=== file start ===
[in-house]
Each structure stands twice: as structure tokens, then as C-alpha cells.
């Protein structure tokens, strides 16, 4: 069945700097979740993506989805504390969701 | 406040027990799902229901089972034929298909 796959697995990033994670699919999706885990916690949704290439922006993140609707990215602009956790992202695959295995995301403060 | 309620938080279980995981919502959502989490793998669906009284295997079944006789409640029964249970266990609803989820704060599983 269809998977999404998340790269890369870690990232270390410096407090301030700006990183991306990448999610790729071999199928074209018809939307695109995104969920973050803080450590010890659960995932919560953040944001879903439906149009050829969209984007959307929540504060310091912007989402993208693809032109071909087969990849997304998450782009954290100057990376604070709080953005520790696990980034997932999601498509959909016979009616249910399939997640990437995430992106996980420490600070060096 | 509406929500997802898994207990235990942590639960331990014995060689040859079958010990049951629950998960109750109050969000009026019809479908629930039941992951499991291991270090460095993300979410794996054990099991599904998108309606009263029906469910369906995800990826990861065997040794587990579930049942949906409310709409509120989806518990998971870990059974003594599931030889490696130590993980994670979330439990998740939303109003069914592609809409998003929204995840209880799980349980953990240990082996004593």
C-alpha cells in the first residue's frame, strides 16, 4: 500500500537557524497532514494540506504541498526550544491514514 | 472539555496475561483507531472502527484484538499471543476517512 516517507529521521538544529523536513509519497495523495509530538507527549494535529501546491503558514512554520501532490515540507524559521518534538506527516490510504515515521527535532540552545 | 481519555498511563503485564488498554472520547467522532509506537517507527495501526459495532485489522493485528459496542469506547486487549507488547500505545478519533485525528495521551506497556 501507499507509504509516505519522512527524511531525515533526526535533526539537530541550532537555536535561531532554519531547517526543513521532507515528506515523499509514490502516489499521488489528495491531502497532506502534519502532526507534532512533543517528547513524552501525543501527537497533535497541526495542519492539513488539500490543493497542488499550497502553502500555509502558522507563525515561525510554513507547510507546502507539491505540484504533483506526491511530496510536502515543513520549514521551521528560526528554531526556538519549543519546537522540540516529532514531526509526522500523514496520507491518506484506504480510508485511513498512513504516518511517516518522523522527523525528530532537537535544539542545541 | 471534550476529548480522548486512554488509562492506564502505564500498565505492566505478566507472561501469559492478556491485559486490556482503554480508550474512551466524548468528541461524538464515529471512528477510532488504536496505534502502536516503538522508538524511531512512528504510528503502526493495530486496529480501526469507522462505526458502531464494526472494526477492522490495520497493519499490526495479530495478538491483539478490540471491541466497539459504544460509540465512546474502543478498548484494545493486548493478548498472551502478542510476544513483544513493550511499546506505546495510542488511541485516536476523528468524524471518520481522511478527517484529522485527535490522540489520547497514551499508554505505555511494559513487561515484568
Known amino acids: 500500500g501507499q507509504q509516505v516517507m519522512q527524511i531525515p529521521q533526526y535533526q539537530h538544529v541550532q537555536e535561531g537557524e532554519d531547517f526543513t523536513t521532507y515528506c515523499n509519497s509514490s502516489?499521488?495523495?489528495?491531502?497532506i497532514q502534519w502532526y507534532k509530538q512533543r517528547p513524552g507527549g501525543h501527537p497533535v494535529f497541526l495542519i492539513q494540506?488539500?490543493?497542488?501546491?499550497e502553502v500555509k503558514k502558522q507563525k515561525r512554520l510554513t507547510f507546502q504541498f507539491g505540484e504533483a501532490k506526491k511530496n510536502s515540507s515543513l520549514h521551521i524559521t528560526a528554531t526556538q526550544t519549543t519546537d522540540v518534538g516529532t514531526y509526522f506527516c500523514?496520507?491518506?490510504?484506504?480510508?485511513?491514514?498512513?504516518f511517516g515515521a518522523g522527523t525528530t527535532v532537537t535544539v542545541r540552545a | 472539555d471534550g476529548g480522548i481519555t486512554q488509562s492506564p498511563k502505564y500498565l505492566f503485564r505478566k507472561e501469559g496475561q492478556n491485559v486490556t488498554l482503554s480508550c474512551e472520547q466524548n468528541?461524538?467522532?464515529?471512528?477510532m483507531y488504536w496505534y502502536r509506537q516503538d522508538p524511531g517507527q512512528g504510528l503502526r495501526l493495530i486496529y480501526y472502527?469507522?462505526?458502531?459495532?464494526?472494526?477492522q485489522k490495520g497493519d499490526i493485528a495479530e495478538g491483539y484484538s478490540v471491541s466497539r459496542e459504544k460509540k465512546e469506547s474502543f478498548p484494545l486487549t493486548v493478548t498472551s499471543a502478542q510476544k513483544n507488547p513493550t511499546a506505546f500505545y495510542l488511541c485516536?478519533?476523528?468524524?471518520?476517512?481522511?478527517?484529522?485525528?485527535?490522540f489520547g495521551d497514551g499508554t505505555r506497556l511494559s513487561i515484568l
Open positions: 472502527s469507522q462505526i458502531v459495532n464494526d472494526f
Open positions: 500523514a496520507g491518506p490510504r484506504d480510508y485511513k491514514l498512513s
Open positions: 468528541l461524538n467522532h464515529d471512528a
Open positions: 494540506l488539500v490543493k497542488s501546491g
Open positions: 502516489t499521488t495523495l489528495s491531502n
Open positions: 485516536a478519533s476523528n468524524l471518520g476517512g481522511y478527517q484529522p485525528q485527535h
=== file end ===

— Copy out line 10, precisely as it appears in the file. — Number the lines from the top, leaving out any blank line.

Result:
Open positions: 502516489t499521488t495523495l489528495s491531502n